Tim and Steve Sellers


This is the last in our four part series that explores the protections the law provides for those who serve their communities as association directors and officers in North and South Carolina.


The business judgment rule and immunity cannot keep a person from being sued and indemnification may be limited by the association’s governing documents, may be difficult to obtain during the course of a proceeding and may be of little practical benefit if the association has no money.  Because of these very practical concerns, it is essential that every association obtain and maintain adequate director and officer liability insurance coverage.  This is important not only to ensure that any judgment rendered against a director or officer is paid but also to ensure that the cost of the defense is covered while a lawsuit is pending.  Associations in both North and South Carolina are authorized by statute to insure their officers, directors, employees and agents regardless of whether the association would have the power or the funds to indemnify those persons against the same liability under its governing documents or applicable law.  NCGS §55A-8-57(b); S.C. Code 33-31-857.

A detailed discussion of director and officer liability insurance is beyond the scope of this overview.  However, it is sufficient to say that not all director and officer liability policies are created equal.  For example, policies may differ with respect to the people and/or types of claims that are covered.    There are also important differences between “add-on” coverage and “stand alone” policies.  All of these issues should be explored with the association’s insurance professionals so that the association can make the best possible choice to protect the organization and its leaders.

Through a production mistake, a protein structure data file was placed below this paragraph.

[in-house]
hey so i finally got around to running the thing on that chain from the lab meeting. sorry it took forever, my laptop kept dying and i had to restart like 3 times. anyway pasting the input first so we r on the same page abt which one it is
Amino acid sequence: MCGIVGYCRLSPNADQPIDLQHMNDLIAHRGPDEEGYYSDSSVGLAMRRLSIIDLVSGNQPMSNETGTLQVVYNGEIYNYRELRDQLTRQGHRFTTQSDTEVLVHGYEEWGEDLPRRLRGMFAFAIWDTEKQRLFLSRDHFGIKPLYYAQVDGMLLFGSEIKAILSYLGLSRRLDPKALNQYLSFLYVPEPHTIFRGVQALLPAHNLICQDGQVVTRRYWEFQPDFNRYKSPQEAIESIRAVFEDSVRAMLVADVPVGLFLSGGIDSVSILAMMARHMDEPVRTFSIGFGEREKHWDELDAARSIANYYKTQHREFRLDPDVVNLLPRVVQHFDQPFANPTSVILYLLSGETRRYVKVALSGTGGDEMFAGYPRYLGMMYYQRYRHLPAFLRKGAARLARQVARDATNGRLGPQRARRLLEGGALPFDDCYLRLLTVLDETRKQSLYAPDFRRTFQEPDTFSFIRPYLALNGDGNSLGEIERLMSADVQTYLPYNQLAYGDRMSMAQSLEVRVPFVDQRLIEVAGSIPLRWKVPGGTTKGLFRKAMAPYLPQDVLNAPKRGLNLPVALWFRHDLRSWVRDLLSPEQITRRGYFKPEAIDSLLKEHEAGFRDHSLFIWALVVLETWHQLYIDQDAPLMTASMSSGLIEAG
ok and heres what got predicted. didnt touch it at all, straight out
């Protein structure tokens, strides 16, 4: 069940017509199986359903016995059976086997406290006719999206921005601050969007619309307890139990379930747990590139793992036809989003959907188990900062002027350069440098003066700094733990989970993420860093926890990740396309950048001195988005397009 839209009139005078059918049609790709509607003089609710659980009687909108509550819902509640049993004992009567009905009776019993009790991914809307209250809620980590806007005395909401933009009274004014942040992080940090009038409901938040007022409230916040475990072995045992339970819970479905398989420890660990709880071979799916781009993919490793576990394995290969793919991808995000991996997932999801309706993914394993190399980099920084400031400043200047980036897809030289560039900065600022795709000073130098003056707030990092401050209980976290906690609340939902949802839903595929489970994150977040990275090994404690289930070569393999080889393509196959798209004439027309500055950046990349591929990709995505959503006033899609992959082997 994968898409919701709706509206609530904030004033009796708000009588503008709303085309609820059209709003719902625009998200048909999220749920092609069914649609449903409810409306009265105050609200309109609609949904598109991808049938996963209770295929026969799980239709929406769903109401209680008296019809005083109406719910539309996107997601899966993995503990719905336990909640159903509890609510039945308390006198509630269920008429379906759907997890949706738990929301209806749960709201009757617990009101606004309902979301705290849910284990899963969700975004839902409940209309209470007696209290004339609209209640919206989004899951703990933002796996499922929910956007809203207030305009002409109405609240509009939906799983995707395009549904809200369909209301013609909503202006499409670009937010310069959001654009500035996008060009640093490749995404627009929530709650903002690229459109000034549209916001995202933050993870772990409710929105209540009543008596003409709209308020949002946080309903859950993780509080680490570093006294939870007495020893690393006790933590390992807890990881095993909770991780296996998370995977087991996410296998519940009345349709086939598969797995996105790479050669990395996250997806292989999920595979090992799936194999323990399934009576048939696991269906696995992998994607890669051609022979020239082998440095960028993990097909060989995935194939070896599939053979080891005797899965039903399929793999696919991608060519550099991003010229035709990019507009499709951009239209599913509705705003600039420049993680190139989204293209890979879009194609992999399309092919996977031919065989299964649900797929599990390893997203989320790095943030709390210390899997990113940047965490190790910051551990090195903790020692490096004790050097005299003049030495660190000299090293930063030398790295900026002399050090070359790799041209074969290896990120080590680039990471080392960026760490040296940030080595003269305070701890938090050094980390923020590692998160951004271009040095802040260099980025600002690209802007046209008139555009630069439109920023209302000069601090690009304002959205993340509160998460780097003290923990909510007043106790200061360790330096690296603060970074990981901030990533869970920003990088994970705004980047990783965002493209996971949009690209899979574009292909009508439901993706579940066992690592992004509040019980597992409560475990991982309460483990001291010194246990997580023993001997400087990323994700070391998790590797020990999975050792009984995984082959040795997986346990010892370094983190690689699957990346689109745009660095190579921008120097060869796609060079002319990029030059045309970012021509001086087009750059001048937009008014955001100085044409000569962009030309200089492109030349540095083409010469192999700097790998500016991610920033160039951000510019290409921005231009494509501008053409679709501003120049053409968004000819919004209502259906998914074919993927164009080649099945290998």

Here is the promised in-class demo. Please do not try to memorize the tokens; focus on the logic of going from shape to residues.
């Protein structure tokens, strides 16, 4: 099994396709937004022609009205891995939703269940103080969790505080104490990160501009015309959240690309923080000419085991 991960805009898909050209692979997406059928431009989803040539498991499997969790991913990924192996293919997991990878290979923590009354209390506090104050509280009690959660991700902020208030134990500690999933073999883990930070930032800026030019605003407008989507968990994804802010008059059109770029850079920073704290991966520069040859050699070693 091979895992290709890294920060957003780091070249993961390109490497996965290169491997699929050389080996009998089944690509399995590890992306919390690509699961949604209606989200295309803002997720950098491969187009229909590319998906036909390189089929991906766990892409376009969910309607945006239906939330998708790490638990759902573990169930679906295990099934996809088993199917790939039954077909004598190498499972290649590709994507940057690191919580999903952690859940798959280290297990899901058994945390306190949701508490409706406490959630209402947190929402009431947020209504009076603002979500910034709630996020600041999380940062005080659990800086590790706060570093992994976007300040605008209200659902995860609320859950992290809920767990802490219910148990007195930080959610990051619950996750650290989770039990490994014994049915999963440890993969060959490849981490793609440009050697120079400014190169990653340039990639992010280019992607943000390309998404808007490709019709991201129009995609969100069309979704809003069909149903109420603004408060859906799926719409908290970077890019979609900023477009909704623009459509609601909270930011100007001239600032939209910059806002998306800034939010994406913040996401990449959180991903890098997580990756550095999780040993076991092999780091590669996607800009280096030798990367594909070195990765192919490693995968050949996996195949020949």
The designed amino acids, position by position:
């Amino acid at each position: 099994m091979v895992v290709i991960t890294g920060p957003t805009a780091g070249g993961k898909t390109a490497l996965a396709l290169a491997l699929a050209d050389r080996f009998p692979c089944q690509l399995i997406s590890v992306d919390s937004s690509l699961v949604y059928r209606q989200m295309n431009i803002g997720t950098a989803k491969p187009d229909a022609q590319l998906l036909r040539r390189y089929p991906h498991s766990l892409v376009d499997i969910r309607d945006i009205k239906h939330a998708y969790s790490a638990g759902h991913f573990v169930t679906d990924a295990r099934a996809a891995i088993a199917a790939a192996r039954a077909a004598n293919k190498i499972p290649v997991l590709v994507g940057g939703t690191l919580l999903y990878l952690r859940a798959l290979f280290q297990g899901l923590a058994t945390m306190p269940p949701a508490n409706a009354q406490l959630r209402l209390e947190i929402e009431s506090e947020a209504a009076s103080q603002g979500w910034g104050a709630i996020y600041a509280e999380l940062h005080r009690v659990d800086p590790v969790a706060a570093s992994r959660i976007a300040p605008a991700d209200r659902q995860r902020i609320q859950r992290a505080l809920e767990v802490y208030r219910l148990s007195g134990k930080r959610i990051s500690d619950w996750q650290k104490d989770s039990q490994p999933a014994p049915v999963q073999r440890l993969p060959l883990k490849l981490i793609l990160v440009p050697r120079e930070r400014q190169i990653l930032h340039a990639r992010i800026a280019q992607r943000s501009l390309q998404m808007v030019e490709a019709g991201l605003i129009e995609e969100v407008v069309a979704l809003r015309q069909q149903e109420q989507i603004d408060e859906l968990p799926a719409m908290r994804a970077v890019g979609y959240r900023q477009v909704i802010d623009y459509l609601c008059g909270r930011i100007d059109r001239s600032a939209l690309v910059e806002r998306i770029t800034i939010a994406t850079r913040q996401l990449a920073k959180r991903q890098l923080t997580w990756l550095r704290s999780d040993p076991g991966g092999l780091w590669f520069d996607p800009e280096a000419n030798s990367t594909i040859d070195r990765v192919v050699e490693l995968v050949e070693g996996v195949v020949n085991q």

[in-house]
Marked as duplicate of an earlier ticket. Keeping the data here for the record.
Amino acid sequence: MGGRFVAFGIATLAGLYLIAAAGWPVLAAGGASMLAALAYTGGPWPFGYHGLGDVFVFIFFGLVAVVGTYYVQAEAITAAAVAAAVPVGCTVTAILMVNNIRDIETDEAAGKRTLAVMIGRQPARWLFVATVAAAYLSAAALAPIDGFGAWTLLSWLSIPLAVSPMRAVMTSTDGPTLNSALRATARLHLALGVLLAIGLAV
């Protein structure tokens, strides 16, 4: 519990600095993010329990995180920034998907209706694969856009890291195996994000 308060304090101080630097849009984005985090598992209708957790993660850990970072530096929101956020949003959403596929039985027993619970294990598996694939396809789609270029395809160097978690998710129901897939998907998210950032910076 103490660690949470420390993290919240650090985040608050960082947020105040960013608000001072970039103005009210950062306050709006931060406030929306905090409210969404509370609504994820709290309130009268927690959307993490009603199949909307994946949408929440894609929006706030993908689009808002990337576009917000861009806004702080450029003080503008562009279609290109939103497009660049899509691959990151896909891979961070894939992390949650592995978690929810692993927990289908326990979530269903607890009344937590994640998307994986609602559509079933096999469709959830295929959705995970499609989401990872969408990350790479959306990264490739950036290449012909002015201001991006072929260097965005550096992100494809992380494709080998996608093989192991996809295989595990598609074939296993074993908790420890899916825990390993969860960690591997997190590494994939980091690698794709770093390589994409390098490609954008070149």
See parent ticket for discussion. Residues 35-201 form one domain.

Ignoring the need for adequate director and officer insurance coverage is not an option.  Accordingly, every director and officer should investigate and verify that adequate director and officer insurance is acquired and kept in place by the association.  In our opinion, every director and officer should have a copy of the applicable policy (or policies) and should take care to read and understand the applicable coverage.  If any potential claim is made, notice should immediately be given to the insurance carrier as the policy requires.  This is truly a no brainer.  Get it and keep it in place . . . or resign.

Review, Revise and Reduce Your Risk

Association directors and officers should be able to serve well and sleep well.  The protections available by law and through the association’s governing documents, combined with good insurance, should give an association’s officers and directors considerable peace of mind.  Volunteer officers and directors who act in good faith, stay within the scope of their authority, are thoughtful in their decision-making, steer clear of conflicts of interest and obtain adequate liability insurance are well protected.  That protection is even more substantial if the association’s governing documents contain strong provisions eliminating liability and/or providing broad indemnification as allowed by law.    If desired, we are ready and willing to review your documents to determine the scope of protections they currently provide and make suggestions on changes that will provide even better protection for your association’s leadership and encourage others to serve with you in the future.